Alvin E. Roth
Two of the most important developments in Economics in the latter half of the twentieth century are surely the extraordinary progress in game theory and in experimental economics. Reinhard Selten is one of the pioneers in both of these endeavors, and he has been a leader in each of them throughout his career. This makes him unique: no one else in the world has made such important or such sustained contributions to both fields.
This is all the more noteworthy because game theory and experimental economics have been intertwined since their beginnings. Indeed, Professor Selten cites the 1953 experimental paper by Kalish, Milnor, Nash, and Nering as one of the inspirations for his own first paper, his 1959 paper with Sauermann on an oligopoly experiment. But while several other pioneers of game theory were at least briefly involved in early experiments, only Selten was instrumental in developing both kinds of research to the point where, first game theory and more recently experimental economics too, have become part of the mainstream of economic research.
The historical connection between game theory and experimental economics is a natural one, because game theory brought to economics a kind of theory that lent itself to experimental investigation, and in some cases demanded it. The reason is that game theory seeks to provide precise models of both individual behavior and of economic environments. This concern with the "rules of the game," the institutions and mechanisms by which transactions are made, together with precise assumptions about the behavior of individuals given the information available to them, gave rise to theories that could be tested in the laboratory.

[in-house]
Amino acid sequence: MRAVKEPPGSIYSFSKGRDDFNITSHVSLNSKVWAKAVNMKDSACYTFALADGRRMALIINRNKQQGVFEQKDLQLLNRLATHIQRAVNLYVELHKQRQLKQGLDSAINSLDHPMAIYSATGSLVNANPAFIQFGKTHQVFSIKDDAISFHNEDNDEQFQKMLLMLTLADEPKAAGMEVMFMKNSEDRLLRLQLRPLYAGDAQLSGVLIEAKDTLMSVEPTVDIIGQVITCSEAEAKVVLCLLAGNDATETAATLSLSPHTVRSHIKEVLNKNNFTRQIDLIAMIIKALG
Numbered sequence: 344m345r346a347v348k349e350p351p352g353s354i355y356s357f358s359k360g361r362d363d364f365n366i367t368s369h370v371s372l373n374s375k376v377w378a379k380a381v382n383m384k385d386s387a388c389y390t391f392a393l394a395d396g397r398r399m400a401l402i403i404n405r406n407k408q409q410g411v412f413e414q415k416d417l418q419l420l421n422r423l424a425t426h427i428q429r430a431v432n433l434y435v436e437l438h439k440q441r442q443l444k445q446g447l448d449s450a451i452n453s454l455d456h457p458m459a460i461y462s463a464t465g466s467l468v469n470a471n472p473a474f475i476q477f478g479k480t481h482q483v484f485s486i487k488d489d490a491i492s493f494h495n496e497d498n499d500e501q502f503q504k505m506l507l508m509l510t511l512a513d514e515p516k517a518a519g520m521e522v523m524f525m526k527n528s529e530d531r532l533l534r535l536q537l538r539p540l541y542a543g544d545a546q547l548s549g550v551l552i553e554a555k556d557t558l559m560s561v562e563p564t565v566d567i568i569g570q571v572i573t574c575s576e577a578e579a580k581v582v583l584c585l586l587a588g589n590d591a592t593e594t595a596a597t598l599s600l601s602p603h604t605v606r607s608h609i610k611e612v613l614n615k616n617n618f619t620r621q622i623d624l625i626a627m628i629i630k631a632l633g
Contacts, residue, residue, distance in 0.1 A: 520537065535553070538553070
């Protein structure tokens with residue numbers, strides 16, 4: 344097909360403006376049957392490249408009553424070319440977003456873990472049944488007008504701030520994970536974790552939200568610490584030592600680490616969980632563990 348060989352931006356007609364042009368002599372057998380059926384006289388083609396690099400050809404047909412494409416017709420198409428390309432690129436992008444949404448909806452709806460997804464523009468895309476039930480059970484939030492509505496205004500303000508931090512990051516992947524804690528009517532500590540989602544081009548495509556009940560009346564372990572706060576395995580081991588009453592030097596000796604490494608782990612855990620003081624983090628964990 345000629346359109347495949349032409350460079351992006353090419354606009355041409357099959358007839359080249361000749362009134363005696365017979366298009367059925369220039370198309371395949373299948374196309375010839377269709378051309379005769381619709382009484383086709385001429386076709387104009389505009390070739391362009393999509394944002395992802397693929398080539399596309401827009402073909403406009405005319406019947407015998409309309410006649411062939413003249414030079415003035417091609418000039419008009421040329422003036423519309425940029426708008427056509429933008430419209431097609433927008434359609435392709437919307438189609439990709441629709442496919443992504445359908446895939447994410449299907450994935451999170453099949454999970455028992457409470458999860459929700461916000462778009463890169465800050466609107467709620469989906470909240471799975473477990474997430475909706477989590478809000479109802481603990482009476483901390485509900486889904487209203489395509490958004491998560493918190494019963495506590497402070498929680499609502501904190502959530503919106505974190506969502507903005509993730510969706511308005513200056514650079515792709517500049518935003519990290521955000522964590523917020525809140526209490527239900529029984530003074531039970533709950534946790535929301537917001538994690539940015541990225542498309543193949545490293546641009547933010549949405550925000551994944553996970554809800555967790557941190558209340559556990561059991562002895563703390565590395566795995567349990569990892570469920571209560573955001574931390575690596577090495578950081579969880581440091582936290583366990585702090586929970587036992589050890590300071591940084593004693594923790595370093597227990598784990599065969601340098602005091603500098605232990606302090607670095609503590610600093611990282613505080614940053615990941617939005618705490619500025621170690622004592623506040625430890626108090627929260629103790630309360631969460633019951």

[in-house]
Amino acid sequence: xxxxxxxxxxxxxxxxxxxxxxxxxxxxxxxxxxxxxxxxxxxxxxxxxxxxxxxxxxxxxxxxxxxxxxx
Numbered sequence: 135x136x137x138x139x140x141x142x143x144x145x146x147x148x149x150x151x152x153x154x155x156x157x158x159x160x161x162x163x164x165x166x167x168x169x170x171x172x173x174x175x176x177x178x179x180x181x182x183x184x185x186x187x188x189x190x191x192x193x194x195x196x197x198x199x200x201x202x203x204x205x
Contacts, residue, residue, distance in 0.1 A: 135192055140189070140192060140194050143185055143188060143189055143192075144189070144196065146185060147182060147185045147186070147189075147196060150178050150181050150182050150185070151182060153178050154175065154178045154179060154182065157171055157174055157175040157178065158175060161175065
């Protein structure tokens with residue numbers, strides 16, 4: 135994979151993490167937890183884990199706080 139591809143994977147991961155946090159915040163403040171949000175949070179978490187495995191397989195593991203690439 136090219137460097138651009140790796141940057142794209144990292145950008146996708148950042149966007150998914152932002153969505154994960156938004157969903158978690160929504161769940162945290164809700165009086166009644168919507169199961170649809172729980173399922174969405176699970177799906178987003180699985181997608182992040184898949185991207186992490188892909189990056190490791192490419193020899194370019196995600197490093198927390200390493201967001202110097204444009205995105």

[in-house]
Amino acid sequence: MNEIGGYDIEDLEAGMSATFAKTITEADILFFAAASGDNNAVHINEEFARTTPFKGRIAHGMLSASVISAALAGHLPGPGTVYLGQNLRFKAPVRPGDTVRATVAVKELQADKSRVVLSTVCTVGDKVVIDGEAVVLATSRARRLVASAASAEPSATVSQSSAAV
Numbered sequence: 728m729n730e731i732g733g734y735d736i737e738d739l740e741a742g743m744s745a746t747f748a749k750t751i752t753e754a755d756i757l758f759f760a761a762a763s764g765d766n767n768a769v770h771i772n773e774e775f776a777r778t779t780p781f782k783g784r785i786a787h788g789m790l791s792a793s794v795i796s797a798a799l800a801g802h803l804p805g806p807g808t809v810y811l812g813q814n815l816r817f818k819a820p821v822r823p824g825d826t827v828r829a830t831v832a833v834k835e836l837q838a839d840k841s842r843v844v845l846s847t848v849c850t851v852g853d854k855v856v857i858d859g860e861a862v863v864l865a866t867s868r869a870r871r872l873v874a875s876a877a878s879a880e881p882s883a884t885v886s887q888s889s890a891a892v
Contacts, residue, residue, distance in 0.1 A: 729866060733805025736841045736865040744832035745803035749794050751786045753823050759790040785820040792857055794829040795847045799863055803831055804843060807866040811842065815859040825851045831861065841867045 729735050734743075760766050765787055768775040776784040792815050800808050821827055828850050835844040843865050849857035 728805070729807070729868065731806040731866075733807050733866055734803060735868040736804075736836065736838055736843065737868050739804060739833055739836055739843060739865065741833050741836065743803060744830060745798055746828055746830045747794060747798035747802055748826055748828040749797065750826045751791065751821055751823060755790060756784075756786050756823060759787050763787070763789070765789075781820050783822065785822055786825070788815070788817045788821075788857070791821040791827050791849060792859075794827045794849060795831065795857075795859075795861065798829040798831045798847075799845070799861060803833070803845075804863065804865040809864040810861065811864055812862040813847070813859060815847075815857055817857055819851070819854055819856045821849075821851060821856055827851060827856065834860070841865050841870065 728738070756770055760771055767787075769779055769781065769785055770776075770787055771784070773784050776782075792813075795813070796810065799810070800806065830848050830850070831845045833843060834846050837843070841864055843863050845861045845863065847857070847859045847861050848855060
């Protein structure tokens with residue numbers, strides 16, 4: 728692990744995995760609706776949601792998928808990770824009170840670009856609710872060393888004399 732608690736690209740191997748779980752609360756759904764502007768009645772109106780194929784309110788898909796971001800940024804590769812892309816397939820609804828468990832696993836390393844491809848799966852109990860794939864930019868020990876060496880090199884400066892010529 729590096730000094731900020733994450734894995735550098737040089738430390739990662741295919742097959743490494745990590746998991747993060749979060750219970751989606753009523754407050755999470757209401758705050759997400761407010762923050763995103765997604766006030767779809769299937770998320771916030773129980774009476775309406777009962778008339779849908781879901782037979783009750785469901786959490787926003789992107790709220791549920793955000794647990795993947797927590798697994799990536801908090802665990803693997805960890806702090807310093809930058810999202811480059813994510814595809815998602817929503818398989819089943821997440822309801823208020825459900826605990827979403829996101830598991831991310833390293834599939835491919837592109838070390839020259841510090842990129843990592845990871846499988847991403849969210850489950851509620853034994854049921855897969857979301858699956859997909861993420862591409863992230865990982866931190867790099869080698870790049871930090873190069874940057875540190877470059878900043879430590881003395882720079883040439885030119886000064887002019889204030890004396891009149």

But theories precise enough to be clearly tested under controlled conditions can also be found wanting. The reason Selten's contributions to game theory and to experimental economics constitute one scientific career, and not two separate ones, is that he has been a leader in developing the theoretical implications of how games might be played by ideally rational players, and also, when these theories fail to be descriptive of observed behavior, in undertaking the related endeavor of proposing more descriptive theories. Thus Selten, the philosopher of ideal rationality who observed that equilibrium alone may not be a sufficient condition to rule out irrational play, was also the scientist who examined the limitations of perfect equilibrium (as in his chain store paradox) and even of any kind of equilibrium (as in his experimental study with Stoecker of the finitely repeated prisoner's dilemma), and he proposed novel theories of boundedly rational behavior to explain what he observed.
As economics prepares to enter the twenty first century, we will certainly need to explore further both the implications of rationality and their limitations, both normative theory and descriptive theory, and new methods of both theoretical and empirical research. In this enterprise we will have the proverbial advantage of standing upon the shoulders of giants. As his collected papers make clear, on Selten's shoulders we will find solid support for both legs.